With the pending expiration of the production tax credit for wind threatening to put the kibosh on new projects, the nation’s second-largest wind farm, an array of 338 turbines scattered over thousands of acres of wind-buffeted hills just south of the Columbia River in north-central Oregon, officially began full operations on Saturday.
Along with cheers from renewable energy advocates, the completion of Caithness Shepherds Flat brought reminders of the heavy subsidies that supported its development -- and, ironically, highlighted the gloomy state of the wind industry in the United States in the waning days of the PTC.
This 845-megawatt Oregon project has been coming on-line in increments, sending power under 20-year agreements to Southern California Edison and helping the utility meet its obligations under California’s aggressive renewable portfolio standard. With the entire project finished, Caithness Energy, politicians and assorted partners in the project -- including Google, which invested $100 million -- did the ribbon-cutting thing.
In doing so, they called Shepherds Flat “one of the world’s biggest wind farms,” apparently not interested in picking a fight with the Alta Wind Energy Center in California, which checks in at 1,020 megawatts (and growing). Alta has several units, and some people apparently don’t want to add them all together and call it the biggest wind farm, and instead give that title to Shepherds Flat. But Shepherds Flat itself is made up of three units, according to the Oregon Department of Energy: Shepherds Flat North (265 megawatts), which was completed in February; Shepherds Flat South (290 megawatts), completed in July; and Shepherds Flat Central (290 megawatts), where work was wrapped up in August.
Anyway, they both seem to lose out to Jaisalmer Wind Park in India, which reportedly reached 1,064 megawatts in April.
What might truly distinguish Shepherds Flat is the level of taxpayer support it received. Even within the Obama administration, there was concern expressed on this count: An October 2010 memo to President Obama by three senior White House advisors detailed how developers were able to pile several different subsidy programs into a mountain of benefits that left them with “little skin in the game.”
The memo noted that Shepherds Flat’s developers received a $500 million federal grant, state tax credits totaling $18 million, accelerated depreciation on federal and state taxes worth $200 million, and a premium for its power from the state worth $220 million. On top of that, a $1.3 billion partial loan guarantee provided $300 million in benefits to the developers, bringing the total subsidy for the $1.9 billion project to nearly $1.24 billion. The memo speculated that the project would have happened without the loan guarantee.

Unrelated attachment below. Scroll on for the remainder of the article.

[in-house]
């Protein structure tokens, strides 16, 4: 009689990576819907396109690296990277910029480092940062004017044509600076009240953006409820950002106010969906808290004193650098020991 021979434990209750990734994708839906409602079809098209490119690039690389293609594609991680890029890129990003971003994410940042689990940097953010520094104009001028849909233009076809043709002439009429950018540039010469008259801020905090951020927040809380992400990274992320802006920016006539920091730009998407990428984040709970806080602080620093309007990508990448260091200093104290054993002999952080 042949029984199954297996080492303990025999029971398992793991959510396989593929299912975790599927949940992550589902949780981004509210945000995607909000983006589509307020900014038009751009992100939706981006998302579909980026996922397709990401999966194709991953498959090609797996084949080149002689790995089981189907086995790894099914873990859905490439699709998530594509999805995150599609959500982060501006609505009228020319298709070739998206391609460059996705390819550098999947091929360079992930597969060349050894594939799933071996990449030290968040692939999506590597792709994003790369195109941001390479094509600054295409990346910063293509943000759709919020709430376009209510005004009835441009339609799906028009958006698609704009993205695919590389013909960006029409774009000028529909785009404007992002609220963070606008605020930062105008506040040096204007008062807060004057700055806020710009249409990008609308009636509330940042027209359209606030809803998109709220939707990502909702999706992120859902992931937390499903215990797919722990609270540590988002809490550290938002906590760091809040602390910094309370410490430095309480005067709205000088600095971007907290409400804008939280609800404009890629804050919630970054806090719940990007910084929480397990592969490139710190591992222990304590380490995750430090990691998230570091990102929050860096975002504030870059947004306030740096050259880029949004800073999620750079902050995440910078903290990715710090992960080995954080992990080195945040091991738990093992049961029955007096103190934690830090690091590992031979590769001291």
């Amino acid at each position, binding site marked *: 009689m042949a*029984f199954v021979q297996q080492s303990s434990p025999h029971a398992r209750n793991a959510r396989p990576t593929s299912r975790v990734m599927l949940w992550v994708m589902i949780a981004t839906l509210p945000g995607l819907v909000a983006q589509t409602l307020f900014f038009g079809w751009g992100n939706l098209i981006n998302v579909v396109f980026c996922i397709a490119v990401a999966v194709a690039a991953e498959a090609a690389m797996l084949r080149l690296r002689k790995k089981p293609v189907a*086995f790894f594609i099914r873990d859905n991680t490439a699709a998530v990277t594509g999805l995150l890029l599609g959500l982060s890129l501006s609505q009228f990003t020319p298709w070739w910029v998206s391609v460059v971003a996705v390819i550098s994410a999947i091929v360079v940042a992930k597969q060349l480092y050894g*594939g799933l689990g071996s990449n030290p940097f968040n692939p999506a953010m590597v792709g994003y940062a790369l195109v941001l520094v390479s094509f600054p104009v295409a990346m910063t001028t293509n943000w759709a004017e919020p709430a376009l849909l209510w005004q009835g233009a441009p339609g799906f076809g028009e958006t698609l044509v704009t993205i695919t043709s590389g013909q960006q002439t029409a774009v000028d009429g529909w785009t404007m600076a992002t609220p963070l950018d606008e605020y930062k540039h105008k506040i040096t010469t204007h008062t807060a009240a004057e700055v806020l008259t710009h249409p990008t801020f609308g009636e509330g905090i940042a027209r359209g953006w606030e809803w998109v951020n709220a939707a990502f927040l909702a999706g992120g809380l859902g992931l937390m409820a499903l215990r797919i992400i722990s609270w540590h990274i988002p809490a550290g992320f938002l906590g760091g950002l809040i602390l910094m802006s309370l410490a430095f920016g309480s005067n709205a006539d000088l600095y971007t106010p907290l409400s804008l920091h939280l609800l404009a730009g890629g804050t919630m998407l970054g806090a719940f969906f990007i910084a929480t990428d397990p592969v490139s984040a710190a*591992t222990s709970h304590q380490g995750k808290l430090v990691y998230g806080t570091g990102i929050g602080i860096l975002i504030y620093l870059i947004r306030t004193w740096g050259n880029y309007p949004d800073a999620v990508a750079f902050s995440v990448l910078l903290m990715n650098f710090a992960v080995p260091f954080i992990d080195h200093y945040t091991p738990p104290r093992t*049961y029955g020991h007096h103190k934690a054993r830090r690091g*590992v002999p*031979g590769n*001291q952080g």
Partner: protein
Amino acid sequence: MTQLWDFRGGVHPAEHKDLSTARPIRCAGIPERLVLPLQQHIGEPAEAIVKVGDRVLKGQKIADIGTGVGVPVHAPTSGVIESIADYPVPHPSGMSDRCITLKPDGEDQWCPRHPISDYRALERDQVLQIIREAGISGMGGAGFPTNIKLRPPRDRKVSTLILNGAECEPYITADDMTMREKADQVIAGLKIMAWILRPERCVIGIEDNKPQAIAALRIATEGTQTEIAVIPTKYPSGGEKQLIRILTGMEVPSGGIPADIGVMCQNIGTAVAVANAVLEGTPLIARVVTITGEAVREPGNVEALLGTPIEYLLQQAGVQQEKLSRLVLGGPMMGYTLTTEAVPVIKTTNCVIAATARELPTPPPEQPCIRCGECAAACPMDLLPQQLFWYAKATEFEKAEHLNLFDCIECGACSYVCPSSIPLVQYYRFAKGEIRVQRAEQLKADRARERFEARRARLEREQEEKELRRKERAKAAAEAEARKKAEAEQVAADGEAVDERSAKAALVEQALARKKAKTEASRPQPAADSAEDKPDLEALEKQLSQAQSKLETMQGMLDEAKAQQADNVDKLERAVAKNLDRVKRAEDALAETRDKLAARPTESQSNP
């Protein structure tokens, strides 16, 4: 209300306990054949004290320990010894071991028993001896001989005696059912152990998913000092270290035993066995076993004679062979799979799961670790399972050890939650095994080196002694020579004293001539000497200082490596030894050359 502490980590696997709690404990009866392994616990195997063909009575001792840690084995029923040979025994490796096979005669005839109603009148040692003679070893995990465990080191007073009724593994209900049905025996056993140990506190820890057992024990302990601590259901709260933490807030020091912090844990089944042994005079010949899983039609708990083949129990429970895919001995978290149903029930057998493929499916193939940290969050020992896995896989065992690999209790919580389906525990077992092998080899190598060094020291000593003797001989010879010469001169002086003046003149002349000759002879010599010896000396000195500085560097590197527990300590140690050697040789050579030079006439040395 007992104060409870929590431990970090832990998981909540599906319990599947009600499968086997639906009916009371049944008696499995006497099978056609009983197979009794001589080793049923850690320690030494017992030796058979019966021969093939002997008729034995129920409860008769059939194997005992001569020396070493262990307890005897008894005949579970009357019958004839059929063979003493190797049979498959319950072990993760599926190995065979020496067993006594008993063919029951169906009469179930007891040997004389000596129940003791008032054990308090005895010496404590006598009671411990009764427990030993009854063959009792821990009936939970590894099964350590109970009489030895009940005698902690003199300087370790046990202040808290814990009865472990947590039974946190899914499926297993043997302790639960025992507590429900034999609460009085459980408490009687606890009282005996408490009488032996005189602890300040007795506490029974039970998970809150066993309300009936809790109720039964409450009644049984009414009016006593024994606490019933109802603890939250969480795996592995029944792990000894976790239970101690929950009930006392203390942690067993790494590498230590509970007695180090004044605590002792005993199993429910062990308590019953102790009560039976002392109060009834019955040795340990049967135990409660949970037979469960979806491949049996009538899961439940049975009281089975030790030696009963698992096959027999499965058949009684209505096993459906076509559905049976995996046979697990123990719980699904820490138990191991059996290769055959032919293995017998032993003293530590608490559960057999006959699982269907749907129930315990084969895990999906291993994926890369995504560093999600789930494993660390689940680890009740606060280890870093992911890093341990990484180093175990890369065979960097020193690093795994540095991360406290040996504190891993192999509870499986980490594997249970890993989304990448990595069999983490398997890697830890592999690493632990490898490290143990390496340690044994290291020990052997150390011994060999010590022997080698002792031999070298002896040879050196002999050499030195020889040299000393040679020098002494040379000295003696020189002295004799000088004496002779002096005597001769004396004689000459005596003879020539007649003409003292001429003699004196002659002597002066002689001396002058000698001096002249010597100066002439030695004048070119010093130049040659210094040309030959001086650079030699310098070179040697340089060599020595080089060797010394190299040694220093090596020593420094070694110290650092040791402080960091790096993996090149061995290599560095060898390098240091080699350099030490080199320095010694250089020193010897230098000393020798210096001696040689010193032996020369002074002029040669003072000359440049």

In celebrating the project’s completion, however, the developers and supporters said the support Shepherds Flat received was well worth it. They put the focus on the project’s benefits -- and even Greg Walden, Oregon’s lone Republican in its House delegation and a favorite of Speaker John Boehner, was on board.
“This project has created jobs during a very tough time for rural areas of Oregon, and has added to the tax base as counties are struggling to provide basic services,” Walden said in a statement. “Moreover, the wind energy produced at Caithness Shepherds Flat will be part of an ‘all of the above’ energy strategy that this country so desperately needs.”
Caithness Energy said Shepherds Flat “will eliminate 1.483 million metric tons of CO2 annually, the equivalent of taking approximately 260,000 cars off the road.” The company said the turbines will spin out “an estimated 2 billion kilowatt-hours each year,” equivalent to the total used by 173,000 average Oregon homes annually. Some 400 workers were on the job building the wind farm for more than two years, and 45 workers will be employed operating and maintaining it.
Shepherds Flat apparently took advantage of the investment tax credit cash grant instead of the production tax credit for wind. But the cash grant option for the investment tax credit is gone, and without congressional action in the lame-duck session later this year, the PTC will be, too, for projects not completed by the end of the year. Job losses are already mounting throughout the industry supply chain, and the American Wind Energy Association predicts the expiration of the PTC could result in the loss of 37,000 jobs.
Editor's note: This article is reposted in its original form from EarthTechling. Author credit goes to Pete Danko.